“Harlem Shuffle” is the latest novel from two-time Pulitzer Prize winning author Colson Whitehead. Ostensibly a heist novel, “Harlem Shuffle” sees Whitehead return to the familiar digs of New York City, where the majority of his published works are set. Whitehead releases “Harlem Shuffle” hot off the heels of consecutive Pulitzer Prizes in Fiction for “The Underground Railroad” in 2016 and “Nickel Boys” in 2019.
“Harlem Shuffle” releases into a world changed by a global pandemic, but Whitehead isn’t unfamiliar with bending his works to the spirit of the times. “Harlem Shuffle” was initially slated for the 2019 release “Nickel Boys” received, but Whitehead’s reaction to the Border Crisis of 2017 spurred him into releasing another serious novel in the vein of “The Underground Railroad.” “Harlem Shuffle” is a more lighthearted affair than his previous two works, but it is not at all without seriousness in both theme and content.
The spirits of film noir and traditional heist novels are present throughout the book, from the voice Whitehead lends to the prose — here imitating Raymond Chandler, there crafting a picture right out of “The Maltese Falcon”— to the plot itself which follows three separate heists. But the gravity of the situation is never in question. Early on the stakes are established; Rey Carney is a mostly straight-up businessman with a wife and a daughter and another child on the way. Hounding him at every turn are the expectations of his in-laws and the legacy of his father, a notorious criminal. Whitehead raises many questions beyond whether or not this heist will go as planned: how a man from little means is to match up to society’s positive and negative expectations of him, how the world asks the most of those with the least, and how far a good man will bend himself to protect his own. The cast of characters are men and women of their time; the dialogue, dress, and attitudes are what you’d expect of 1960s Harlem. However, there is nothing dated about the circumstances being depicted, or the world we’re shown in “Harlem Shuffle.”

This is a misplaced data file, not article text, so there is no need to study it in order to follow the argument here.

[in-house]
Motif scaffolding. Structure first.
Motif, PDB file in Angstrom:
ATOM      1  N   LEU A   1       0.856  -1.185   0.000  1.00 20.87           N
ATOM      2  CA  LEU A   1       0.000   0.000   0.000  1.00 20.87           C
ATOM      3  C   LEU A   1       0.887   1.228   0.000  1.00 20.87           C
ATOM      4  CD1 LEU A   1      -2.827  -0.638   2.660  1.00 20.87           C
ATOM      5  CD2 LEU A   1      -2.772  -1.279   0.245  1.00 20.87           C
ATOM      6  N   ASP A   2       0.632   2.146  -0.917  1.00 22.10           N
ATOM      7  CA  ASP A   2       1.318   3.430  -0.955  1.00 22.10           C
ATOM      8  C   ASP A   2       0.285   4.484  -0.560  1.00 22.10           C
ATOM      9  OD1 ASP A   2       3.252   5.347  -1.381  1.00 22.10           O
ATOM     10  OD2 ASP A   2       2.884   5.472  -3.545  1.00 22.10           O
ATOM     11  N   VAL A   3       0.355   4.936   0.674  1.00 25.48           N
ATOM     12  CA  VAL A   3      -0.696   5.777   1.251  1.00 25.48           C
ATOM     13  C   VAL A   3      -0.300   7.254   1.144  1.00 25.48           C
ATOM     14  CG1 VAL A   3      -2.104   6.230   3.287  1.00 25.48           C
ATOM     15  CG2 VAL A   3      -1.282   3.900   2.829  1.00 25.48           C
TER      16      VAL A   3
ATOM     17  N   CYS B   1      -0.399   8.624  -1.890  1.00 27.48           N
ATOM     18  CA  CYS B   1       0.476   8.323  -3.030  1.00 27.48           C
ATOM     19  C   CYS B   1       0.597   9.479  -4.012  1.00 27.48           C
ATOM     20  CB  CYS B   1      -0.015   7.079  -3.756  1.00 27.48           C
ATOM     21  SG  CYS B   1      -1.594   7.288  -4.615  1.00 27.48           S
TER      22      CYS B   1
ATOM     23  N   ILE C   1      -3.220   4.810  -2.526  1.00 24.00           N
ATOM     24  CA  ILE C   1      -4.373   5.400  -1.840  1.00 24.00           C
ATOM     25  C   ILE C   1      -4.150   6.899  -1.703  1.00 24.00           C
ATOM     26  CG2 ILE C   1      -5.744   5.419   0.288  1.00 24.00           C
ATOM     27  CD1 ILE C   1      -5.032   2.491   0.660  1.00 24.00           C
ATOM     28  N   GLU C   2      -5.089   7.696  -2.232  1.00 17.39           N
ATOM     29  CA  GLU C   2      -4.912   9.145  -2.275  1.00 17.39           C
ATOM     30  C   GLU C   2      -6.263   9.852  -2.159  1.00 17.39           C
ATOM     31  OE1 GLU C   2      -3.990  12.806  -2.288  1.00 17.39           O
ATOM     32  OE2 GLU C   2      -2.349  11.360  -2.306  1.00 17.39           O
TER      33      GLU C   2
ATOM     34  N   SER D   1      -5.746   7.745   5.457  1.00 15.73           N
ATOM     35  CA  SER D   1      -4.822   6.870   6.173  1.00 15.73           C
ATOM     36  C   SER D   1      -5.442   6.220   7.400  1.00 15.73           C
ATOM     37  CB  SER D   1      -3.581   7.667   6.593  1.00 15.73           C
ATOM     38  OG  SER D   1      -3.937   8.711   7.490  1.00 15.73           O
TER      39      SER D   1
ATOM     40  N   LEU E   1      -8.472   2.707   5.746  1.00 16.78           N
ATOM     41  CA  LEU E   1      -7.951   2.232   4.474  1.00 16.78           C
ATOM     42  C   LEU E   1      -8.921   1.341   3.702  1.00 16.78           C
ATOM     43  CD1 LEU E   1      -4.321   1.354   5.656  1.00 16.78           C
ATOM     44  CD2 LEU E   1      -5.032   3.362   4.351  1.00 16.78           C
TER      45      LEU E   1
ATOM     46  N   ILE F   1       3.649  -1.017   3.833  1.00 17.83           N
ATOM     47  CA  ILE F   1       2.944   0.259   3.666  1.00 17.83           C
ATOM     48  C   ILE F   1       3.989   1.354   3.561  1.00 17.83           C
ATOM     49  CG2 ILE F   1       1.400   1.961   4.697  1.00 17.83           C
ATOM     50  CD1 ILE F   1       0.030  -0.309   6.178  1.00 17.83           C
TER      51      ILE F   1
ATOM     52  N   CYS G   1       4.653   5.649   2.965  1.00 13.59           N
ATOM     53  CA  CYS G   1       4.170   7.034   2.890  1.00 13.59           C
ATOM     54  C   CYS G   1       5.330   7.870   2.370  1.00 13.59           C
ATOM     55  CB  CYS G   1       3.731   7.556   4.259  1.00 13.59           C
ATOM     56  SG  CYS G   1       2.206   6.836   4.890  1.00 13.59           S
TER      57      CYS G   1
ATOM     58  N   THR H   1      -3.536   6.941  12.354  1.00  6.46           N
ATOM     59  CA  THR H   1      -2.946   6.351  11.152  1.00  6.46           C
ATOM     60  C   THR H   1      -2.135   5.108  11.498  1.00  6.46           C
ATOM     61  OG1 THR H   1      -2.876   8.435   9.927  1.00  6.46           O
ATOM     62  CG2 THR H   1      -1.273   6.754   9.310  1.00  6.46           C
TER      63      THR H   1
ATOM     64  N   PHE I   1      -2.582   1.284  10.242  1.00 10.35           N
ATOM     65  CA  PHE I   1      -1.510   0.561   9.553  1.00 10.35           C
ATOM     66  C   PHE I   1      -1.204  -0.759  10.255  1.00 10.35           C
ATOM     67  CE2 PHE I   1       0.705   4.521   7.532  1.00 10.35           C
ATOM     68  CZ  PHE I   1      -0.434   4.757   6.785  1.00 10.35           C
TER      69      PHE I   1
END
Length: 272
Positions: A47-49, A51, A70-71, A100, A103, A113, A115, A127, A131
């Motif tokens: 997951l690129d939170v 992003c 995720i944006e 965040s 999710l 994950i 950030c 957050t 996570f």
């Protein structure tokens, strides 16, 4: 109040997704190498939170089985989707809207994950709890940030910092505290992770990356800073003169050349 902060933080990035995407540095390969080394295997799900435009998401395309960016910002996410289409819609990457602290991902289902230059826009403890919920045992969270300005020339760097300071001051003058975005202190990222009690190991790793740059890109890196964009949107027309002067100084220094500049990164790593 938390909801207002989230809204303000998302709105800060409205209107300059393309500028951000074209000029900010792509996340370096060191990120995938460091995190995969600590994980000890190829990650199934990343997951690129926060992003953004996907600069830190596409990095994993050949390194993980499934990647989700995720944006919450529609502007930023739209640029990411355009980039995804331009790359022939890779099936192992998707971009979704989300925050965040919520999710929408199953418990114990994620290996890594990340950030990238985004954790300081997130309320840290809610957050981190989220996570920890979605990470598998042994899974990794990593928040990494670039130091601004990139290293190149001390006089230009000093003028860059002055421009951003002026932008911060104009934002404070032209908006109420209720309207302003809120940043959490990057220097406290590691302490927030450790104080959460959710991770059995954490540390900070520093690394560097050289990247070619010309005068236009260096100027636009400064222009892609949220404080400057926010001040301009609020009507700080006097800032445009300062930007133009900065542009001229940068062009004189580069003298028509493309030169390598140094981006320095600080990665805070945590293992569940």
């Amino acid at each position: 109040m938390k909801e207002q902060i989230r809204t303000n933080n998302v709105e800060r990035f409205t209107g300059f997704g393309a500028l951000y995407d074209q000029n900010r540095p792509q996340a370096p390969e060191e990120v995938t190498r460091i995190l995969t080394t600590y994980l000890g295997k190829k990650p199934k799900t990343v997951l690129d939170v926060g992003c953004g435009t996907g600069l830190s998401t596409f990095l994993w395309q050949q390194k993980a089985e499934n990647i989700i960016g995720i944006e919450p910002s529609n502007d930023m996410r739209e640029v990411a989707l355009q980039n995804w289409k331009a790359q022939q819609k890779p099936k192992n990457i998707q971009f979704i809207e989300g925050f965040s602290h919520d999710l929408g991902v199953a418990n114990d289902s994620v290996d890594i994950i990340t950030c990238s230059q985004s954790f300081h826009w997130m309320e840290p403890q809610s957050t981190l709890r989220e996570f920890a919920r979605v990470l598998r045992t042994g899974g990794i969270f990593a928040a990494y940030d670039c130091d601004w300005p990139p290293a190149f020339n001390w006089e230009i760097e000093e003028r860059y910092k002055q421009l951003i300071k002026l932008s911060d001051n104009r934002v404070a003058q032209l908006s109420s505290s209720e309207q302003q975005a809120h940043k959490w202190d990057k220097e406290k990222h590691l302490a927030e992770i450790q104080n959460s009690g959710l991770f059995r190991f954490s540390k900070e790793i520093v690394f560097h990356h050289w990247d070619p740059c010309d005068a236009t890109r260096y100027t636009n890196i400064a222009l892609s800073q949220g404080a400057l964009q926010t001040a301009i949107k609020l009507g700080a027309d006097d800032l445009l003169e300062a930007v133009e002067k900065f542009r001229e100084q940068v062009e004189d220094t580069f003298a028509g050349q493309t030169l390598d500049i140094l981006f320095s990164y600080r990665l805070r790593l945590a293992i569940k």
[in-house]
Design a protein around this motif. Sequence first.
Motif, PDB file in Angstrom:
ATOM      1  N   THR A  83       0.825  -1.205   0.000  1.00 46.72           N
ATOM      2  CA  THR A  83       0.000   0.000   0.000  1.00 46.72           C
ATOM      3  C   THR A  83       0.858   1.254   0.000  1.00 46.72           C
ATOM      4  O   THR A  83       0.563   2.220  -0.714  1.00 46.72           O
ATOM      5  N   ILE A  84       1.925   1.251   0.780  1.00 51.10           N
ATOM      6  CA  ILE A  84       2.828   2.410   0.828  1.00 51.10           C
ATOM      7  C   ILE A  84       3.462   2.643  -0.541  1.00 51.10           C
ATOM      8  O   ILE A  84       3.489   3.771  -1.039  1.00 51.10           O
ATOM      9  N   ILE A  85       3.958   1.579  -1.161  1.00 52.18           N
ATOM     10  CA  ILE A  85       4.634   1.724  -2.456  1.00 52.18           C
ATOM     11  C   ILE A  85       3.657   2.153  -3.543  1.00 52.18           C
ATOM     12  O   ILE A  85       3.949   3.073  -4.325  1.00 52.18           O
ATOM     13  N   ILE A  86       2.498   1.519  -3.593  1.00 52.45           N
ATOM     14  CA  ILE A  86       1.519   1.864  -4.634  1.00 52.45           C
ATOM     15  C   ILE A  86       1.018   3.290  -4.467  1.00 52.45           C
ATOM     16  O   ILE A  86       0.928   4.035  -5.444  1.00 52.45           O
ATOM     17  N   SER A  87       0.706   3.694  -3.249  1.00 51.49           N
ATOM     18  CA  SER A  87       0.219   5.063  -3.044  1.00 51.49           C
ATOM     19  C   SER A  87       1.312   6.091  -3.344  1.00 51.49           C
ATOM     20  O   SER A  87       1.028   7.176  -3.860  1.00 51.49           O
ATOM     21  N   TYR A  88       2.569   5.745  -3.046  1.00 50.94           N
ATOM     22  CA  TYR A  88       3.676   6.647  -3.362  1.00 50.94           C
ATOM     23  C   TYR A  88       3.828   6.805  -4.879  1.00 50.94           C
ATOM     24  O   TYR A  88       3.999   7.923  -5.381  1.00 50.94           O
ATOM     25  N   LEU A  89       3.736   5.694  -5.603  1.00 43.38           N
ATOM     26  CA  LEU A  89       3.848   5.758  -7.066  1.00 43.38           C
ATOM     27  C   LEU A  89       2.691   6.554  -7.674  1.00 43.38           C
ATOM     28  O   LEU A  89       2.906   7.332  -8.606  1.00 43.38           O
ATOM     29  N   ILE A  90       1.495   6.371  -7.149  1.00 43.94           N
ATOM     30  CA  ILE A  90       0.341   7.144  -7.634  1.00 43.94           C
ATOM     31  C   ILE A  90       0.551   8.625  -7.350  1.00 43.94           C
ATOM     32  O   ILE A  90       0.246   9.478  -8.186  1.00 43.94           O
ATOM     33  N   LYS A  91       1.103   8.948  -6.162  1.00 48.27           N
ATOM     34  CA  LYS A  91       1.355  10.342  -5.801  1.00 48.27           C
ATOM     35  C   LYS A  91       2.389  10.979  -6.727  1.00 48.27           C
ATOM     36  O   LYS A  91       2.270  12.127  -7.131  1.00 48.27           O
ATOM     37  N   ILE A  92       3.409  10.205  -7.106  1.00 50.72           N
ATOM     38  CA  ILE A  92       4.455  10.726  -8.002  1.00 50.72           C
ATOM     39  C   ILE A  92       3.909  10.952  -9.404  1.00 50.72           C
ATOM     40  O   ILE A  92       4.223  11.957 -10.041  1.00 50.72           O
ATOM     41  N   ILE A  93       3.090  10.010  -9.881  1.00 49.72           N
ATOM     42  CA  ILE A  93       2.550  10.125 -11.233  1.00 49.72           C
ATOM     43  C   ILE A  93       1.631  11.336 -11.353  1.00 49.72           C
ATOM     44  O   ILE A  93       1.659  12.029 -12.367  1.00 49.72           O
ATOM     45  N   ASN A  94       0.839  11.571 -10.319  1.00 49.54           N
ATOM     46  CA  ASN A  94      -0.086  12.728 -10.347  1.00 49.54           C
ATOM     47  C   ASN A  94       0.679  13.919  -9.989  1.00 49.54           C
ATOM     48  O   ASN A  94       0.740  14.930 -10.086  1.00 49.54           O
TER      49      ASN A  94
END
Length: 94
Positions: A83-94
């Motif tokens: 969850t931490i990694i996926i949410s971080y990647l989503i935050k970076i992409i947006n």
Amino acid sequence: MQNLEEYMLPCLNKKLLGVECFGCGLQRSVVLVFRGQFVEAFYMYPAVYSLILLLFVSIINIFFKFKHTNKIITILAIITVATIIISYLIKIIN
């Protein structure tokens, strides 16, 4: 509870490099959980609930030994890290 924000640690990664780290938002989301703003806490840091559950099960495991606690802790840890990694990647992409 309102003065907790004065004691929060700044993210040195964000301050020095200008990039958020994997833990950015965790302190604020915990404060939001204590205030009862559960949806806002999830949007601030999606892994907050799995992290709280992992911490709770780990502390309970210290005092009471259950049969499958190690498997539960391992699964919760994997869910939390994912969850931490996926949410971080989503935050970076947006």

In “Nickel Boys” and “The Underground Railroad,” Whitehead paints a stunning, if horrific, picture of a racist and brutal American South. The horrors of slavery and the brutal inhumanity of Southern Reform schools are topics that bring with them macabre expectations. “Harlem Shuffle” sees Whitehead simultaneously expand and narrow his scope. In it, he spins a tale of a man trying to provide for his family while navigating a world of classism, colorism, and criminal brutality—a tonic for the day as much as “Nickel Boys” and “The Underground Railroad” were. In a society that’s sure to bend you, all you can control is how crooked you’ll become.
The value of this novel is not at all limited to what it has to say on the various themes and topics presented in the work. Whitehead proves himself a master of the written word by displaying his versatility. The prose in his previous works fit the world being depicted, and there’s no departure here in that regard. Whitehead unleashes upon the reader reams of dazzling prose that serves to weave a vibrant tapestry of 1960s Harlem. There is a distinct detective novel flavor throughout, as if the film detective’s ever present tape recorder — or typewriter, as was the case in “L.A. Confidential”— had been given sentience and then set to writing its own story. Readers familiar with Whitehead will at first find this to be a surprise, but it is a pleasant one that becomes sweeter as the book progresses and finds its own comfortable rhythm. As a fan, a devotee even, of Film Noir and detective stories, I found Colson’s pastiche of those works to be exquisite and honest. Whitehead’s writing doesn’t demand to be seen, he doesn’t beg you to take note of the familiar voice he is employing, it simply grips you unbidden.
Fans of Whitehead will enjoy this new release, and fans of crime fiction hoping to ease their way into contemporary literary fiction will find “Harlem Shuffle”to be a fantastic starting point into that world.
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